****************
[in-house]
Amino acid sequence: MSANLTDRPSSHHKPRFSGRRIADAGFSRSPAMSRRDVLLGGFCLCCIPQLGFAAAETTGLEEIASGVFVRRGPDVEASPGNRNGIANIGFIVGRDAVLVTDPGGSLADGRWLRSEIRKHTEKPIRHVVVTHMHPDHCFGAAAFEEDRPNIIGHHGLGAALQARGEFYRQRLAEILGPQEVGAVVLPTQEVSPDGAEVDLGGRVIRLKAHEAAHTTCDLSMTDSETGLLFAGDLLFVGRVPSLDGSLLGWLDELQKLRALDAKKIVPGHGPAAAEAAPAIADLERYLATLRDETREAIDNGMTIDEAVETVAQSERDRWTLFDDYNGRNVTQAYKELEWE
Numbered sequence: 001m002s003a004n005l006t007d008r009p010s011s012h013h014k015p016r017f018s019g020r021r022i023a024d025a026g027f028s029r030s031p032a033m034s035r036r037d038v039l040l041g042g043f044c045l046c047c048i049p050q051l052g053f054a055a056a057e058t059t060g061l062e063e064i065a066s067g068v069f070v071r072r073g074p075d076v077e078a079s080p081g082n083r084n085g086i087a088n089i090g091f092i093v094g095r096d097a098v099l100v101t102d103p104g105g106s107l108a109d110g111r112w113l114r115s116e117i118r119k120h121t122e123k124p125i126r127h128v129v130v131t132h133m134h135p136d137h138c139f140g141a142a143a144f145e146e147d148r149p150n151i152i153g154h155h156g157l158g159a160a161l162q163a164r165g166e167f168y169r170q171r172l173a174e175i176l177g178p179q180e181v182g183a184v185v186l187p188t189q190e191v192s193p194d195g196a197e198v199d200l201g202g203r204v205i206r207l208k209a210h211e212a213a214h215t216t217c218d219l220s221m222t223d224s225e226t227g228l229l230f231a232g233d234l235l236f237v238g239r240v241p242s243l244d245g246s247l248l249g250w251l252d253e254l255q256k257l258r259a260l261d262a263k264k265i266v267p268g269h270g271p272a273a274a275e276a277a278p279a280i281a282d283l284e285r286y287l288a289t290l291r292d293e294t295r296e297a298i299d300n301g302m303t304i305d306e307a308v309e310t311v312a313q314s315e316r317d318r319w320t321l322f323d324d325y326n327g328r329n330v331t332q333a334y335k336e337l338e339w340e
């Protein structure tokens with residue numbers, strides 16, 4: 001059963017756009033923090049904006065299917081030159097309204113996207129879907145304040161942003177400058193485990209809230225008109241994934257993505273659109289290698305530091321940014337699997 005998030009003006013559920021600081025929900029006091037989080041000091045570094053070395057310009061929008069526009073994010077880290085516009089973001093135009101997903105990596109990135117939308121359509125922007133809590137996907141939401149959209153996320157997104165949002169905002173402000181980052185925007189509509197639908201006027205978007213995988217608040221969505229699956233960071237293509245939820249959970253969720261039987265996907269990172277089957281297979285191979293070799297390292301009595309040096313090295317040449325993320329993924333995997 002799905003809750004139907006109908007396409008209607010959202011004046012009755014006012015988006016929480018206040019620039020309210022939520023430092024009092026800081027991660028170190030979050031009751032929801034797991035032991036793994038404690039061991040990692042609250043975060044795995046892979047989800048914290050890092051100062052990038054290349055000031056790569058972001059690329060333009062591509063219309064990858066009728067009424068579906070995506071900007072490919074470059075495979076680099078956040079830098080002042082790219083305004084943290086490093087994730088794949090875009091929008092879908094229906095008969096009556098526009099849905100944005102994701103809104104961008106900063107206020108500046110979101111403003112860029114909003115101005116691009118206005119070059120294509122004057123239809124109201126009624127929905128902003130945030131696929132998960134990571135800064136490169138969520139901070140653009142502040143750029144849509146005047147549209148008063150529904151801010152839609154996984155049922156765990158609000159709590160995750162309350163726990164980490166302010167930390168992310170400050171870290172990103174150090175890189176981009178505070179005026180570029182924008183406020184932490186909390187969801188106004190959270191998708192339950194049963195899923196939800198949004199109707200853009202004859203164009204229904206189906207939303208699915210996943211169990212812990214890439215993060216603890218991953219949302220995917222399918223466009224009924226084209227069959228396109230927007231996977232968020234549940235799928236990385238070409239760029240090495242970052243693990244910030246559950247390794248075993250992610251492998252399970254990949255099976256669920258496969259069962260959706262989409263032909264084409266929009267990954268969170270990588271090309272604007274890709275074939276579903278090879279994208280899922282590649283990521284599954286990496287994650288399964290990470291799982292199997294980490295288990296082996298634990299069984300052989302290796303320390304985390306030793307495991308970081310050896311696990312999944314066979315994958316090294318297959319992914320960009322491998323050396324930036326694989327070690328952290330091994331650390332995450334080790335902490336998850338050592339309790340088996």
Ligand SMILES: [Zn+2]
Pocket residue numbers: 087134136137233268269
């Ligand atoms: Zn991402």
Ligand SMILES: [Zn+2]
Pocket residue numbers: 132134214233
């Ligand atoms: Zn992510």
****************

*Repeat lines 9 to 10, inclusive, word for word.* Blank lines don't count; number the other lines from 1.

Pocket residue numbers: 132134214233
């Ligand atoms: Zn992510």